After 14 years as a CPA working with self-employed business owners, I have one important takeaway: taxes are emotional. Because of the emotion attached to paying taxes, most who are self-employed fear tax season. The fear and panic over tax season, in my opinion, is a direct result of the unknown surprise. If you remove the unknown surprise, you can prevent the fear as well.
A stereotypical tax season for many taxpayers includes the following somewhat clunky experience. First, diligently collect all tax-related documents, meanwhile questioning how all these silly document names like W2, 1099, 1095 and K-1 became a foreign language they must remember from year-to-year. Next, complete some style of intake with their tax service provider. The style varies depending on the service provider. It could be a face-to-face meeting with their tax pro, a drop-off at the front desk of the tax pro’s office or even more common since COVID – a paperless upload to a secure portal. Then, the waiting game (and build up of fear) begins. As each week, or possibly month, passes the taxpayer’s anxiety builds while awaiting the “bad news.” The question repeats in their head: how bad is it? $10? $10,000? If this sounds too familiar and you're ready for a better way, you should consider fall tax planning.
Being self-employed brings many challenges. Eat what you kill or you don’t eat. Work-life balance. 24-7-365 email. As they say, there’s no rest for the self-employed. And yes, if you are blessed to be profitable in your self-employment, paying taxes.
Paying taxes is not like paying any other bill with self-employment though. For example, you receive many bills from your vendors and suppliers each month. Common examples would be a cell phone bill or utility bill. These bills are received with precise amounts due easily identified. A cell phone bill of $157.50 gets paid for exactly $157.50. Tax bills are different though. There is no monthly tax bill assessment. Tax bills are generally provided at the end of a long year, possibly minus some estimated tax payments along the way. Wouldn’t it be nice if your tax bill came to you in a nicely-packaged, flat-rate monthly billing statement and you could pay as you go throughout the year? However, since this fantasy-land doesn’t exist, you must plan ahead to prevent fear.
In 1913, the federal income tax was legalized. Meaning, for over 100 years, CPAs have been the heroes by just preparing and filing the annual tax returns for clients. After a 100-year history though, it's time for a change to that overall client experience, and I believe there’s a better way to CPA.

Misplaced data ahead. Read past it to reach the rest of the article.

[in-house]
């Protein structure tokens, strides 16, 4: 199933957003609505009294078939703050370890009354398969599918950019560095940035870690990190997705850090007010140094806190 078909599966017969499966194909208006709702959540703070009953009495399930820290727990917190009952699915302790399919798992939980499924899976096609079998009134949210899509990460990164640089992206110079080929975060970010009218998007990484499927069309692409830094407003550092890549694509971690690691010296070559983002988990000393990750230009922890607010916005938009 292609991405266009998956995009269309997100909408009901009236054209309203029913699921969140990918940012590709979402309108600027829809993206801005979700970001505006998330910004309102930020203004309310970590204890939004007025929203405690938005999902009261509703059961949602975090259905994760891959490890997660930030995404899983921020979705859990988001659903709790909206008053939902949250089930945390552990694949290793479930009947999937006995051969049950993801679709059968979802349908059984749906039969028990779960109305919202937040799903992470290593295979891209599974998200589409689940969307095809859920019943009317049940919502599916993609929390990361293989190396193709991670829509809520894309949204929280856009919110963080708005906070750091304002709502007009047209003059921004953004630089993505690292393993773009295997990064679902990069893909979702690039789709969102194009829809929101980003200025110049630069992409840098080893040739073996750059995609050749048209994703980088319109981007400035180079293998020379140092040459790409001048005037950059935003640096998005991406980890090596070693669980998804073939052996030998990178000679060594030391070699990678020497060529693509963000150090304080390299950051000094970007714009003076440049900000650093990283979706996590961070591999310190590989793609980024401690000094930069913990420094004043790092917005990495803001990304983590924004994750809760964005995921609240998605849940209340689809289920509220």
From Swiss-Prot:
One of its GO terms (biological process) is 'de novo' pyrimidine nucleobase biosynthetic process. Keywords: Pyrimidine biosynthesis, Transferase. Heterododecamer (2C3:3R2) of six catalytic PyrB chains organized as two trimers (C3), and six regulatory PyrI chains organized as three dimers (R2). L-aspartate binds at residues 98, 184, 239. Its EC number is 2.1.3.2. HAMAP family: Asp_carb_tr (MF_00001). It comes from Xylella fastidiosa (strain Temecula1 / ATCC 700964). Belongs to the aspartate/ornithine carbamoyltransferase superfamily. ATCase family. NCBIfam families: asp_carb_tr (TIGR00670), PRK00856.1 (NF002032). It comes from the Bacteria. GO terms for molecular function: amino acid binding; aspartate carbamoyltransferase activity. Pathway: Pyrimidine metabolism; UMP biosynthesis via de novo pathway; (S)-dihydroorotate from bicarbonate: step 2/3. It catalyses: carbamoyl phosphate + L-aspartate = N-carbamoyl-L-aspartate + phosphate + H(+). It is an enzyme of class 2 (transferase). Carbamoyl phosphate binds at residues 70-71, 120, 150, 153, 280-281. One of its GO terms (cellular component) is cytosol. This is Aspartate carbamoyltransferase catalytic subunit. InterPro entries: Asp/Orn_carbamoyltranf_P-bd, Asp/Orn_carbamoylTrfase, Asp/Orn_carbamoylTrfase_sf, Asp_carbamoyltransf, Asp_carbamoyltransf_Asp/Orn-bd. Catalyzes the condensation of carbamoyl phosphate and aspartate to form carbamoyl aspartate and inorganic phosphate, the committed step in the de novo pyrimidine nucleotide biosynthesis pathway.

Barry Melancon, president of American Institute of CPAs, said, “The next generation won’t say, ‘This person does my tax return,’ they will simply say, ‘This person does my planning,’ and the tax return will be a byproduct of that planning experience.”
Melancon made this statement at a national CPA conference on the future for CPA services. I’ve had this same feeling about the tax experience for clients, but our fearless leader put it into words perfectly.
The fall season is a favorite for many in the Ozarks. Scenic drives, baseball pennant chases and postseason races, pumpkin spice lattes and many more reasons. Fall is also a perfect time for engaging in tax planning. The fall tax planning service prevents the fear of tax season for self-employeds. Imagine going into the end of this 2020 crazy year with a prediction (or projection) of your April tax bill?
Engaging your CPA for fall tax planning allows them to review year-to-date numbers, make end-of-year buying and investment decisions and prepare you for the April tax bill approximately four to six months before its actual due date. A CPA helping you predict (or project) your April tax bill months ahead of time will take the fear out of your stereotypical tax season experience.
Think about it. You have a checkup with your dentist twice a year for cleaning and maintenance to prevent the fear of cavities or more severe cosmetic damage. Your mechanic provides maintenance to your car every 3,000 miles to prevent the fear of breakdown or even more severe engine damage. But you only engage your CPA once a year during their most hectic time?
If you have fear and anxiety when thinking of tax season, contact your CPA about fall tax planning while there is still time to plan. Remember, it's a better way to CPA.
Gary Wood is a partner at Compere Robinette CPAs. He can be reached at firstname.lastname@example.org.
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